Each child spends two years in Tinley class, where we follow the Early Years Foundation Stage Curriculum in Reception and transition into the National Curriculum in Year 1. Our aim in Tinley class is to provide a welcoming, caring, secure and organised working environment, so that each child may develop fully, and be well prepared for Year 2 and beyond. Our approach is a blend of topic and subject-based learning, with a strong emphasis placed on the basic skills of literacy, including phonics, and numeracy. We place great importance on practical, hands-on experiences and children are free to use our outdoor space whenever possible.
In Reception and Key Stage 1, Reading is taught initially by the teaching of phonics. All children take part in a daily phonics session using the Success for All programme (Fisher Family Trust). The children are taught to associate sounds with corresponding letters of the alphabet and then use this knowledge to blend sounds together to read simple words. As well as reading and saying these sounds, they also learn how to write them. Shared and individual reading activities are also part of each day’s learning with shared readers aligned very carefully with phonics progression.
Initially, Reception children take home ‘Story Sacks’ which are designed to be shared with an adult. The sacks contain a book and other prompts to introduce children to the joys of reading. As children become more confident in their reading, they move on to a banded scheme which consists of a variety of levelled books carefully aligned with the phonics and reading that is taking place in school. Individual reading books, from the school library or the Success for All portal, are used to practise skills that have been learnt in school and to encourage a love of reading. This also provides parents with the opportunity to be active participants in their child’s learning. Books are changed on a regular basis with the expectation that each child will read at home with an adult on a daily basis, recording their progress in personal reading records.
Early Numeracy is developed by giving children a variety of opportunities to count, initially to ten, in a variety of real-life scenarios. Understanding of shape and space is developed alongside opportunities to measure and collect and order information from their environment. As children progress, addition and subtraction are taught, and problem-solving skills are developed through a range of small group and independent activities. The use of apparatus and equipment is central to mathematics and helps children to visualise and apply their learning.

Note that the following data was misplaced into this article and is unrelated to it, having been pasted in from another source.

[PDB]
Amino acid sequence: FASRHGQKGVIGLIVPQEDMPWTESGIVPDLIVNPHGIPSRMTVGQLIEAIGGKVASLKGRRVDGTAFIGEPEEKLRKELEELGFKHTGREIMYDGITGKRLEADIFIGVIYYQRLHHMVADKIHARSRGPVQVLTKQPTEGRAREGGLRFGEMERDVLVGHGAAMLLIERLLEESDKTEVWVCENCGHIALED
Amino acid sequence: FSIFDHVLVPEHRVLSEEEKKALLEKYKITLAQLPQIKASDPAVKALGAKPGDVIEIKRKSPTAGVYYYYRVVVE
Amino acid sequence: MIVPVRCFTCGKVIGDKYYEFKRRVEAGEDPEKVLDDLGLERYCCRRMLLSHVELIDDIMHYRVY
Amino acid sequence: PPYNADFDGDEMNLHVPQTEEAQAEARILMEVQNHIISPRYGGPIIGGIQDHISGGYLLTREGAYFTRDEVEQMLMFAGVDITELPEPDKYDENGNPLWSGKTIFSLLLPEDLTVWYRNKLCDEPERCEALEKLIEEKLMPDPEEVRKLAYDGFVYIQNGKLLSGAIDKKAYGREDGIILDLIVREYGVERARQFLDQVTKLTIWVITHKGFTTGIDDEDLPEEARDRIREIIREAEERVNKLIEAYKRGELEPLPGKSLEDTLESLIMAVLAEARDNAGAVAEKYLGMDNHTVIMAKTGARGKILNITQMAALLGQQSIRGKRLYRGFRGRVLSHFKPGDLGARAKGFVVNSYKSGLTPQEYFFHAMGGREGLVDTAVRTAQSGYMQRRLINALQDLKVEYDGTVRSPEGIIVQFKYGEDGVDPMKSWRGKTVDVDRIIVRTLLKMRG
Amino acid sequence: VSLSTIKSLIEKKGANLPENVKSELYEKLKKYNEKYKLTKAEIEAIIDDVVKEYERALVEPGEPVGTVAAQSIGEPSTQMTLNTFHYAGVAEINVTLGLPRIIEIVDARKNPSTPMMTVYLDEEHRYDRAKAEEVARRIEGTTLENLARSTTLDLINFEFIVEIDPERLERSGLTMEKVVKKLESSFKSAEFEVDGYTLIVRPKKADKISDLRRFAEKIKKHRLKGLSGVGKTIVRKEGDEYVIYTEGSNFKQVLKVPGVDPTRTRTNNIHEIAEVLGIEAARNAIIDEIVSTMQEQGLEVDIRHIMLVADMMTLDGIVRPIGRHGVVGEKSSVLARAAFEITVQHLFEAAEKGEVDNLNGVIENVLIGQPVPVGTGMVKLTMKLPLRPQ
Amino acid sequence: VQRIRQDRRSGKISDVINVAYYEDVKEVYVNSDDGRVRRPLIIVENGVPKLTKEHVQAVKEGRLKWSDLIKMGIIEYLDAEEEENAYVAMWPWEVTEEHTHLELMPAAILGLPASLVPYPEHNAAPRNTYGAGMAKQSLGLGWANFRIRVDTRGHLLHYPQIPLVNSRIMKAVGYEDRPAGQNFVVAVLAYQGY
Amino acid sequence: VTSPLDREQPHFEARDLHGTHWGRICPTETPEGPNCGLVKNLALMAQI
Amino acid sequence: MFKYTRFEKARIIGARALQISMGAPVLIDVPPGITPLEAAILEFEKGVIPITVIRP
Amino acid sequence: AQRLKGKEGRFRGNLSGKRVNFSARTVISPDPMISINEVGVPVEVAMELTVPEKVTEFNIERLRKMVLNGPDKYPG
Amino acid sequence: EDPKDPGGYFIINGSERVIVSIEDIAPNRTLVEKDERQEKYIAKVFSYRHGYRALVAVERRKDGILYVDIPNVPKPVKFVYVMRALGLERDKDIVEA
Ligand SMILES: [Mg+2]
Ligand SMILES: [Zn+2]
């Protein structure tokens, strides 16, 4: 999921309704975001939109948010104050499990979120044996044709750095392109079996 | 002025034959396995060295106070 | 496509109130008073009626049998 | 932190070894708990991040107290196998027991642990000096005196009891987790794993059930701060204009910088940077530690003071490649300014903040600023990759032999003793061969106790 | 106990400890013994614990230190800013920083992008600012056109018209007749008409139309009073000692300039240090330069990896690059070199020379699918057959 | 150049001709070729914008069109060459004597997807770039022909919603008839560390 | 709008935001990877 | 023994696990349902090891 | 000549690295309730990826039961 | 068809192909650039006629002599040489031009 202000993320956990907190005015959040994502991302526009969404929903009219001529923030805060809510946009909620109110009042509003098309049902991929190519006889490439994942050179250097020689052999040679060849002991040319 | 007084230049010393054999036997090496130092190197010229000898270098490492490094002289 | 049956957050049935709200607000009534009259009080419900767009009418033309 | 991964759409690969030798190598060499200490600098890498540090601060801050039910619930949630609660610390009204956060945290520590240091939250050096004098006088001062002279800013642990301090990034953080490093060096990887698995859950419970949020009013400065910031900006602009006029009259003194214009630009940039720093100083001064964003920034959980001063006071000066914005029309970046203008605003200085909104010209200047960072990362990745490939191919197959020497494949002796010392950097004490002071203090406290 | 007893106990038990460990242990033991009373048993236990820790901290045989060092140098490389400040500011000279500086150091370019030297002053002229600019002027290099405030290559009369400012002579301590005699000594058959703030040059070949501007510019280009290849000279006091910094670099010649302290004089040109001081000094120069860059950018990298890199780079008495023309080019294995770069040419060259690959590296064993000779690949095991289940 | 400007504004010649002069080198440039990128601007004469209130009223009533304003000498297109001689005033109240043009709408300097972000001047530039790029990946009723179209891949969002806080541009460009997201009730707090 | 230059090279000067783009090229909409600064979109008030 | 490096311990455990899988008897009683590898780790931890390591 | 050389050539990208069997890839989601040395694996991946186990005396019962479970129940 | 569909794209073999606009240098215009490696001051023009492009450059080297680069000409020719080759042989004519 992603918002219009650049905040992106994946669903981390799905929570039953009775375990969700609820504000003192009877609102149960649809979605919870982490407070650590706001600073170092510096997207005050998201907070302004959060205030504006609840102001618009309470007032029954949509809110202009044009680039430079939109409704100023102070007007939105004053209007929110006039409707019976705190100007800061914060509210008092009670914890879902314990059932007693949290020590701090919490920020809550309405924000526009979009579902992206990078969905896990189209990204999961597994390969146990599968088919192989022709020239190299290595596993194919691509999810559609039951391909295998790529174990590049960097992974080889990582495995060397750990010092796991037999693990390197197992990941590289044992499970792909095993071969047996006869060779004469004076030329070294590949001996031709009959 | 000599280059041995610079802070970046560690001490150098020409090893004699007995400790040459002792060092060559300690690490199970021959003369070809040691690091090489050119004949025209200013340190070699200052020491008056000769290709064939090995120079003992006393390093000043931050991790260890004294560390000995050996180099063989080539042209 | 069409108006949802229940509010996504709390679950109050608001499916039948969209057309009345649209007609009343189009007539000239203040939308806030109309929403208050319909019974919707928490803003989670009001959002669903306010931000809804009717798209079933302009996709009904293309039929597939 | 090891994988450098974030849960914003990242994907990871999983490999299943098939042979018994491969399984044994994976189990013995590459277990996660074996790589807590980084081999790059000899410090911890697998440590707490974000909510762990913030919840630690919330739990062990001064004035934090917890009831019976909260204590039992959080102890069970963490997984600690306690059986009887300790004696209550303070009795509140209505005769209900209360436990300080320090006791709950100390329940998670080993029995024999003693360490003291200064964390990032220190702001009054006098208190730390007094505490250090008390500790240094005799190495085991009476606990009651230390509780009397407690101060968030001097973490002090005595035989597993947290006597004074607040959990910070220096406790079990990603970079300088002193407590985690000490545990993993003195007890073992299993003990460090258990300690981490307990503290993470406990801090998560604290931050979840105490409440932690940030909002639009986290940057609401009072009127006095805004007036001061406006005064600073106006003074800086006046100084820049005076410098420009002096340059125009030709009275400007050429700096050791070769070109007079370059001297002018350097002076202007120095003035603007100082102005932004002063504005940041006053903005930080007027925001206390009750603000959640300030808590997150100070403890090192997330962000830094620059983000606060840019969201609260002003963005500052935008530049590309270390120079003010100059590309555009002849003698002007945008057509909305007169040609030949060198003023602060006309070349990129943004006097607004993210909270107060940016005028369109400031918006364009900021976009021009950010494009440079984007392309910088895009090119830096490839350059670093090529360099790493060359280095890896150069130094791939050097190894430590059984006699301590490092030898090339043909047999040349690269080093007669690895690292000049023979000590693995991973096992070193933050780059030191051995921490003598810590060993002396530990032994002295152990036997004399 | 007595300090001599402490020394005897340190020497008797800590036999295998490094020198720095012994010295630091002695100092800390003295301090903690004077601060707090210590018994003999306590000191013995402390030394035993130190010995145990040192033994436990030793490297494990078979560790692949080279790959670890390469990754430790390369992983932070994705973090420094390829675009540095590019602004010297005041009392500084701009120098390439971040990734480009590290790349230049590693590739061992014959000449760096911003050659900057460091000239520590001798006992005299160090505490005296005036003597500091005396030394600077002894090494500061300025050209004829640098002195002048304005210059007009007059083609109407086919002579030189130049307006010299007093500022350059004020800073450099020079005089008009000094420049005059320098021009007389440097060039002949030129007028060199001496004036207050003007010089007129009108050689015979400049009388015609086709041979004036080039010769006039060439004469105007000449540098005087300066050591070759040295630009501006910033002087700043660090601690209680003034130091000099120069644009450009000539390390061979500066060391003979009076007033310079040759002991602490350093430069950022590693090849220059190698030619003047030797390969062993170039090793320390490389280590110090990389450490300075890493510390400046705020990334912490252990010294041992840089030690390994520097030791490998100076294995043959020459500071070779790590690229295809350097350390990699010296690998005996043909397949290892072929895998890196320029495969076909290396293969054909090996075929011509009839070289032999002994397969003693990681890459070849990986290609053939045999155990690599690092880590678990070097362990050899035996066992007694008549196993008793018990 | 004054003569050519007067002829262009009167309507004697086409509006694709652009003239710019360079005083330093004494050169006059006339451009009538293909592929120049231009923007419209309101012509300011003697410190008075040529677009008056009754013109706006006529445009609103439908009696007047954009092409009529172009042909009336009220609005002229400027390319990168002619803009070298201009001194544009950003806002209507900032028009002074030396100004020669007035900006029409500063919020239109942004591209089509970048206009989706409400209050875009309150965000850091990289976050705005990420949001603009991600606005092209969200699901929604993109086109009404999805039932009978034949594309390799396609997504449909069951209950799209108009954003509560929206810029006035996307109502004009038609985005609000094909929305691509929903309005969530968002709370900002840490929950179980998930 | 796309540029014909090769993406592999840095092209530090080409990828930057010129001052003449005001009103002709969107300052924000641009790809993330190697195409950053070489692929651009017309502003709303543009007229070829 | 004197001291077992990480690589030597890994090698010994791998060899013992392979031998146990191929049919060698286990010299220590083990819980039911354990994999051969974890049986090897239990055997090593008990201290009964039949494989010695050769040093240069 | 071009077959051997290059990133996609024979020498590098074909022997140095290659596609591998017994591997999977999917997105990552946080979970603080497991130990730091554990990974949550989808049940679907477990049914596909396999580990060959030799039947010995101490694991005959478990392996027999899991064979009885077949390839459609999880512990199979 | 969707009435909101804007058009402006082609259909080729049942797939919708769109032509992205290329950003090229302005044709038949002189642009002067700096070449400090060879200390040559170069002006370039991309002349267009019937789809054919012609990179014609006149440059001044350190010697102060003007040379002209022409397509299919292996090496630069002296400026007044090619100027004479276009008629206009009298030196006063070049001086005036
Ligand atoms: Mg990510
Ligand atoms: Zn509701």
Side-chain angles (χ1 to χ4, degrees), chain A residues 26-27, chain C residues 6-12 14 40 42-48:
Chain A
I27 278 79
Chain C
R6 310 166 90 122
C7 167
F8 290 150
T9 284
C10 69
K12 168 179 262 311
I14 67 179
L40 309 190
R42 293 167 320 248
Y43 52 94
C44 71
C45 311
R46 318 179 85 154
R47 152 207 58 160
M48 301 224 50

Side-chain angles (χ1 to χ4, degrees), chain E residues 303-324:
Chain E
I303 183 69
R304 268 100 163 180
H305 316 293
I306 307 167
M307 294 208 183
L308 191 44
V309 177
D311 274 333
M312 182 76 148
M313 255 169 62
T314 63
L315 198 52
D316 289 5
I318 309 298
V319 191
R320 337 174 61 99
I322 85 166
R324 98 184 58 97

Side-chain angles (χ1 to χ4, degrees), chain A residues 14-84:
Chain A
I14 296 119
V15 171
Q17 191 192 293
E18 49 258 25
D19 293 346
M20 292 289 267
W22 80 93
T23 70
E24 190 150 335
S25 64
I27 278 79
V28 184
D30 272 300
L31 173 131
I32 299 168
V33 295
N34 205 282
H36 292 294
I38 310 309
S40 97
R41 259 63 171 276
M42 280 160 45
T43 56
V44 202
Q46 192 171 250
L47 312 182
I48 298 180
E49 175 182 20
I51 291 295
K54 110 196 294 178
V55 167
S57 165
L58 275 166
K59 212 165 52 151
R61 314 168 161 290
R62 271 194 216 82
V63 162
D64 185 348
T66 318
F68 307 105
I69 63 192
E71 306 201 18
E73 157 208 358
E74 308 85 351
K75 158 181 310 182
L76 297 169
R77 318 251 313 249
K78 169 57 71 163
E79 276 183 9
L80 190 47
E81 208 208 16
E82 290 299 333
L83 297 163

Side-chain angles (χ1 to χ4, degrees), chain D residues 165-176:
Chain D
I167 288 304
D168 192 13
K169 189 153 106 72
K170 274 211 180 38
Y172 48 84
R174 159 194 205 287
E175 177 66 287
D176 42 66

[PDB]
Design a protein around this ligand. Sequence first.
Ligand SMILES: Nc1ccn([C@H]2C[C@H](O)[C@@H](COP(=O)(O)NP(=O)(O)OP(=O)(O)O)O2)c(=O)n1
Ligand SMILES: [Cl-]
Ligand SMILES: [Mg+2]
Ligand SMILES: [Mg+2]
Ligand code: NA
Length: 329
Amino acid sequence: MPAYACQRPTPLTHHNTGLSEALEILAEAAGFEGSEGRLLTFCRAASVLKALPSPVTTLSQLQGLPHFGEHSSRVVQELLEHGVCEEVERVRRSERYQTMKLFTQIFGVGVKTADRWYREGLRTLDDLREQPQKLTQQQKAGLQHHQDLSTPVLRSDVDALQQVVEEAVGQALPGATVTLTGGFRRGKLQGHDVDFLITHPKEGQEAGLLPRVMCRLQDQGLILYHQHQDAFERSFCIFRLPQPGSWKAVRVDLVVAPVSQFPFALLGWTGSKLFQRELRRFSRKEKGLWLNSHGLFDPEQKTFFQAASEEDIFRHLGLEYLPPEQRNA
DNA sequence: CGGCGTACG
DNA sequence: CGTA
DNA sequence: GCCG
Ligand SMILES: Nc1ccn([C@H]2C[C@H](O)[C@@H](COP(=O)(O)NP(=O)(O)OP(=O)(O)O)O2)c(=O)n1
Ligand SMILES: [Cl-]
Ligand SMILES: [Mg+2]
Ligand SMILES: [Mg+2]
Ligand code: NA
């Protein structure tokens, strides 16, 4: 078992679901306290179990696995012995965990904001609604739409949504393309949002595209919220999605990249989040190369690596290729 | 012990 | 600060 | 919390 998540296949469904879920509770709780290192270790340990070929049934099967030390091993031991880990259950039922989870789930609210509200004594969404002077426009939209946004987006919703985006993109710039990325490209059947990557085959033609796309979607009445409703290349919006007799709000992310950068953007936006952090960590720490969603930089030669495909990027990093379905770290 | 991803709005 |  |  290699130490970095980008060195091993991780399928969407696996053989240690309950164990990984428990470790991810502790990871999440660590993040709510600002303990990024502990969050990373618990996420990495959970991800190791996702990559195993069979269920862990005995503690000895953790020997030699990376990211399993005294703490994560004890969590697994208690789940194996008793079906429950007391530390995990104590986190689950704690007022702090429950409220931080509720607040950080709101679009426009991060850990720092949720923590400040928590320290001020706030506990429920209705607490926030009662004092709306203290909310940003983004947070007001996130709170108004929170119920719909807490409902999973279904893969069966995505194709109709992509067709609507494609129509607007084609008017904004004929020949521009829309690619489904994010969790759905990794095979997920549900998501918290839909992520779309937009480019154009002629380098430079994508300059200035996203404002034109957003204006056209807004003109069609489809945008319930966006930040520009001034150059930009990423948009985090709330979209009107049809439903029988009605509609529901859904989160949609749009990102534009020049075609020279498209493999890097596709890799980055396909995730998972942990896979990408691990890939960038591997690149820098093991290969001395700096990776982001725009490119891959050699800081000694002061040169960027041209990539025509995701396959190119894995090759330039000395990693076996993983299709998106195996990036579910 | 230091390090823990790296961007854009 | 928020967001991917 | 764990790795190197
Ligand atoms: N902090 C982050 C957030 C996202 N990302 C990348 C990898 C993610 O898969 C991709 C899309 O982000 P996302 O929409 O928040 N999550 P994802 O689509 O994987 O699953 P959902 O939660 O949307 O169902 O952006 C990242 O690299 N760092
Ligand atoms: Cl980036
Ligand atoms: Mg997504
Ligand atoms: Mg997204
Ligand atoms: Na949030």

Science, History and Geography are taught largely through topics. The aim of this topic-based curriculum is to capture the imagination and enthusiasm of the child, an effective foundation for learning. Ample opportunities are provided for practical activities, allowing the child to enjoy Art, DT, Computing, Music, RE, PE and Drama to the full. We place a strong emphasis on the environment and outside space, taking great pride in our school and the local area, planning enrichment opportunities whenever possible.
The Summer Term theme of learning in Tinley is School Days.
We will be learning about our own school and locality, both today and in the past. We will compare schooling in the Victorian era to our own experiences today.
In English, for the first part of the Summer Term, our key text will be The Secret Sky Garden by Linda Sarah.
In Maths, we will be learning about the numbers to 100, halves and quarters, time and money.
Our Science focus is Plant Parts and Animal Parts where we will learn about animals, including fish, amphibians, reptiles, birds, mammals and invertebrates, identify and describe their common structures, diets, and how animals should be cared for.
We will also be making sandwiches and creating a mural.
20th June 2023
Victorian School and Pond Dipping at Horton Kirby
Tinley class had a fabulous day at Horton Kirby where they found out what it was like to be at school in Victorian times. This included exercises in the playground, a clean hand check, lessons and even finding out what punishments were given!
Victorian playground games were surprisingly similar to ours.
The afternoon was spent pond dipping. The children found two newts and dragonfly larvae amongst other things.